The material shown on my website comes from my work of 40 years as a financial analyst and institutional specialist for the World Bank and other international institutions worldwide. ATCE is not identical to TCE, it can’t possibly be identical for a host of reasons one of which is sheer complexity of organizations; but ATCE does adhere to the principles espoused by Williamson, Coase, Alchien and Demsetz, Chang, and numerous other scholars. To illustrate the institutional contexts of applied research, I depend on case studies to do the job and on my own observations and explanations written up separately in the form of articles, case studies, technical notes, and technical tools. Because I realize this expost involvement could result in expost rationalizations on my part, I have tried to be diligent wherever possible. But nothing is perfect and I defer to the reader to judge for him or herself, and I invite the reader to respond with feedback if their judgment warrants it. Over the twelve years I spent studying and writing about TCE, I adopted some of Williamson’s specialized language, which is difficult to avoid for anyone spending a large amount of time on a single subject. To get around being perceived in another light, whenever the reader encounters quotation symbols in the text, and unless otherwise noted, they refer to the writings of Oliver E. Williamson, (or of another author,) most of which are found in one of his three primary texts (1975, 1985, and 1996), but also in several of his recent articles.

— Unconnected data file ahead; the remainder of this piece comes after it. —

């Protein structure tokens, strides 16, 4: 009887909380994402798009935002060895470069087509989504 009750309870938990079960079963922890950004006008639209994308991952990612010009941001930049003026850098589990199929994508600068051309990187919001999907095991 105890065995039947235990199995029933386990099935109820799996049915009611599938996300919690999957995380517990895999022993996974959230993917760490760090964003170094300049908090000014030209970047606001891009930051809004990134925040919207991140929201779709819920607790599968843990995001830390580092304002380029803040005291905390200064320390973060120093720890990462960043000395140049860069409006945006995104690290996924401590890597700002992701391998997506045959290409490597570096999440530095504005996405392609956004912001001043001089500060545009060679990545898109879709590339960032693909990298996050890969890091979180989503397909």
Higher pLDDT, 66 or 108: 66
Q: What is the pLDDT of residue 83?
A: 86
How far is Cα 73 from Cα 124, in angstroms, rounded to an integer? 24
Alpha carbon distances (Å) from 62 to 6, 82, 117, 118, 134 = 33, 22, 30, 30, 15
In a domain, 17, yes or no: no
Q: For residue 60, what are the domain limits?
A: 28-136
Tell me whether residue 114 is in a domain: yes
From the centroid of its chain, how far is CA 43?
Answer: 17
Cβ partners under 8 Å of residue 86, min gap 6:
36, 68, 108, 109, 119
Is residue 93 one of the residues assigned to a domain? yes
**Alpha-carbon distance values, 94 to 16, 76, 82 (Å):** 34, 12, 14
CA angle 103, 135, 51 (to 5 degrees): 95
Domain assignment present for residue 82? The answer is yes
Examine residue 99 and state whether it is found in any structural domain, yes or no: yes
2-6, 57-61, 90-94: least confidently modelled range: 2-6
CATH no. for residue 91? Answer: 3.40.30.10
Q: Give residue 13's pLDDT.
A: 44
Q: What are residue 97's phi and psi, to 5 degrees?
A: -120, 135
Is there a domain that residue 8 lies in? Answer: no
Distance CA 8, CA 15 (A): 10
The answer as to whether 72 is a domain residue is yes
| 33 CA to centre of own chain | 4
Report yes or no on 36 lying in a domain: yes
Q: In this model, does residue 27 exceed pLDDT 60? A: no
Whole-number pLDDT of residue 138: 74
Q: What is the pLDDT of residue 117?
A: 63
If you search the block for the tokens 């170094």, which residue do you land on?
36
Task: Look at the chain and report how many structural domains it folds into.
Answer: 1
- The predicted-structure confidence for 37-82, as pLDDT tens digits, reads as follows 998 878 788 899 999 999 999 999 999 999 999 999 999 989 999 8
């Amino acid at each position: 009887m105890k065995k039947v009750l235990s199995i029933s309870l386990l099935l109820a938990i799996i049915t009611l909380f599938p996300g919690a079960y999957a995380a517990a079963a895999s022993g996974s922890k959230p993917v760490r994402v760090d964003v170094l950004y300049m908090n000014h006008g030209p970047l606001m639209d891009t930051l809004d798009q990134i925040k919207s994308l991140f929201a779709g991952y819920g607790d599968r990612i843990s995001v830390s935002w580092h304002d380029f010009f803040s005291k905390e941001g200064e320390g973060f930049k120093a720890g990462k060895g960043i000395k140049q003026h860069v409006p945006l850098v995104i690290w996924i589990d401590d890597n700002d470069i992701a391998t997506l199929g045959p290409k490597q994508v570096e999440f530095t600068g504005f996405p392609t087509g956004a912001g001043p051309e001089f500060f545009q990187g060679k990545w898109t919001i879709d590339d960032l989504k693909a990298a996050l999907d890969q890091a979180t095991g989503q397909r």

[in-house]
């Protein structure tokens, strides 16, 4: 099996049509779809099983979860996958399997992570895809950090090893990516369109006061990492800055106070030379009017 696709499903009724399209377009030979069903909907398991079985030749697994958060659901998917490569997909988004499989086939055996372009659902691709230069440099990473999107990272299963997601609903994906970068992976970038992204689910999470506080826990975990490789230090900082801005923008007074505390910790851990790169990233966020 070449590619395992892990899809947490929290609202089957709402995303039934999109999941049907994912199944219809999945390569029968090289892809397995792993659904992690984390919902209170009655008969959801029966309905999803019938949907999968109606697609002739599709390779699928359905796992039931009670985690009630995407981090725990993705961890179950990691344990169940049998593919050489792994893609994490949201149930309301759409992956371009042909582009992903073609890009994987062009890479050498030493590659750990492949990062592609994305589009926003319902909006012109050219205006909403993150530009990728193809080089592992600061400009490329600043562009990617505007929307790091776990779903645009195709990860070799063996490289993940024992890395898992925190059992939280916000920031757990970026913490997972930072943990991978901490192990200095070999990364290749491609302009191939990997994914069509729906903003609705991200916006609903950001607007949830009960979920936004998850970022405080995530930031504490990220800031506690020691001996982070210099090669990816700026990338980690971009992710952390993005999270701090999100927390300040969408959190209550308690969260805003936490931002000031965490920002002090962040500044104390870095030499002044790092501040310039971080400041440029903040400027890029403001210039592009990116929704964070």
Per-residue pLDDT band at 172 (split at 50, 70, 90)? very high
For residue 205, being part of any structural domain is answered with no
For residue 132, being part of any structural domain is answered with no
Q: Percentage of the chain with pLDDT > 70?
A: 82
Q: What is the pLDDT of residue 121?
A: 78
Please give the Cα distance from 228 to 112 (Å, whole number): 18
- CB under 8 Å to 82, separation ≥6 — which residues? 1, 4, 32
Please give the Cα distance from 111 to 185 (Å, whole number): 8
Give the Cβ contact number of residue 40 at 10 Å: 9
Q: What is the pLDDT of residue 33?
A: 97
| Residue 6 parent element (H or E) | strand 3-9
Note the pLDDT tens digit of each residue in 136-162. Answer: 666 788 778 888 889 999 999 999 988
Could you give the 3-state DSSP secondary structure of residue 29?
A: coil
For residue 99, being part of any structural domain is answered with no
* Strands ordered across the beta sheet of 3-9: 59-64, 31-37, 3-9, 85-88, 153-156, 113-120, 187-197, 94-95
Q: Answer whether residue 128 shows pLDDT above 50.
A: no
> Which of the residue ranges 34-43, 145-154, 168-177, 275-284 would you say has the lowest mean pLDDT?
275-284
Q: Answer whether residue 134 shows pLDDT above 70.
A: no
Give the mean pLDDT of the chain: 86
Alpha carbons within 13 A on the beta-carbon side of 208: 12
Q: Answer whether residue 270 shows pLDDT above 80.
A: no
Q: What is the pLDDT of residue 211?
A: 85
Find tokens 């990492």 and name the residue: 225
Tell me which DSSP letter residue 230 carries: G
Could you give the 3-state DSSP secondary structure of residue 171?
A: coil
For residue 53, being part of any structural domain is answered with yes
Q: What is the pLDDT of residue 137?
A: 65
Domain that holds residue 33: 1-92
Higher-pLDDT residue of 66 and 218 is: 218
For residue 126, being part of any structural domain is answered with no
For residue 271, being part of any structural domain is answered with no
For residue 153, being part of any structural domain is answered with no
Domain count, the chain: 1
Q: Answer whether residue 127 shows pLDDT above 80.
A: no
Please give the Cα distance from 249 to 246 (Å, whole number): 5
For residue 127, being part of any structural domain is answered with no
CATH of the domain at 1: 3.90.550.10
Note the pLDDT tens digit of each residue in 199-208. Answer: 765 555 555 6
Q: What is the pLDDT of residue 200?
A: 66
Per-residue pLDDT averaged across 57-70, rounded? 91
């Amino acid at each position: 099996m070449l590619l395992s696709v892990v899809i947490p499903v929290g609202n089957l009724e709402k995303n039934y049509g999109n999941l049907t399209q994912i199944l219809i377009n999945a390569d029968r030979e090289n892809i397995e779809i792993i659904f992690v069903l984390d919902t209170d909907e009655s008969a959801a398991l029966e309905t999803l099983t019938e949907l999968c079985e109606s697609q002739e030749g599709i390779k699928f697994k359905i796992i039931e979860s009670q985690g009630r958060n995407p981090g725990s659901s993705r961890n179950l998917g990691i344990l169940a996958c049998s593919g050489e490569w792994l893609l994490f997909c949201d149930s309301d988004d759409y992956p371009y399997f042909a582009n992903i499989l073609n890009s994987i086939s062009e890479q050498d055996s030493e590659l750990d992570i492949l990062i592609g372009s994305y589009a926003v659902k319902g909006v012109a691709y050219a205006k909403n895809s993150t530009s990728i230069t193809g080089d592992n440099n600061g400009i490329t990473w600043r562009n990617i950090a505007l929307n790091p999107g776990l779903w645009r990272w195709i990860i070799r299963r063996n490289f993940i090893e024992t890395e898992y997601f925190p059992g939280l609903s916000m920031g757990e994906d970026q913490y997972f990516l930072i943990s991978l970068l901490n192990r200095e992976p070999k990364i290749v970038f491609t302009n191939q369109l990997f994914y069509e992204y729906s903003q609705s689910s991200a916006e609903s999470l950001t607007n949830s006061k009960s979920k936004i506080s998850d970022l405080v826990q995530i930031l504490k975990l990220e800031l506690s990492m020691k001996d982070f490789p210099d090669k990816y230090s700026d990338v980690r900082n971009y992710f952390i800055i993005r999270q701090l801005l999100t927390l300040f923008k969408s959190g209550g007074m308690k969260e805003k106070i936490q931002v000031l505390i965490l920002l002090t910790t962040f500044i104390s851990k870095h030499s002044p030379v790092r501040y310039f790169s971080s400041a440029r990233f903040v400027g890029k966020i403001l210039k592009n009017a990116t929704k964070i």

Not by any stretch of my imagination did all or even most of my writing bear fruit or satisfied readers. In fact, large parts were deemed “too dense,” too academic and abstract and a number of years went by before I was able to produce practical concepts and tools and exhibit a respectable level of literacy in the subject matter. For this, I am deeply grateful to a number of colleagues who bore with my relentless production of drafts. None of the analyses I did previously or the ones done by others that I reviewed have come anywhere near those that I analyzed using TCE as framework. Visitors to my web site hopefully will realize that TCE in combination with orthodoxy is unlike any other institutional analytical tool previously developed. TCE and economic governance hold the potential for raising questions that are too frequently glossed over and for solving institutional problems that are currently considered intractable.

Williamson and the pursuit of “deep knowledge”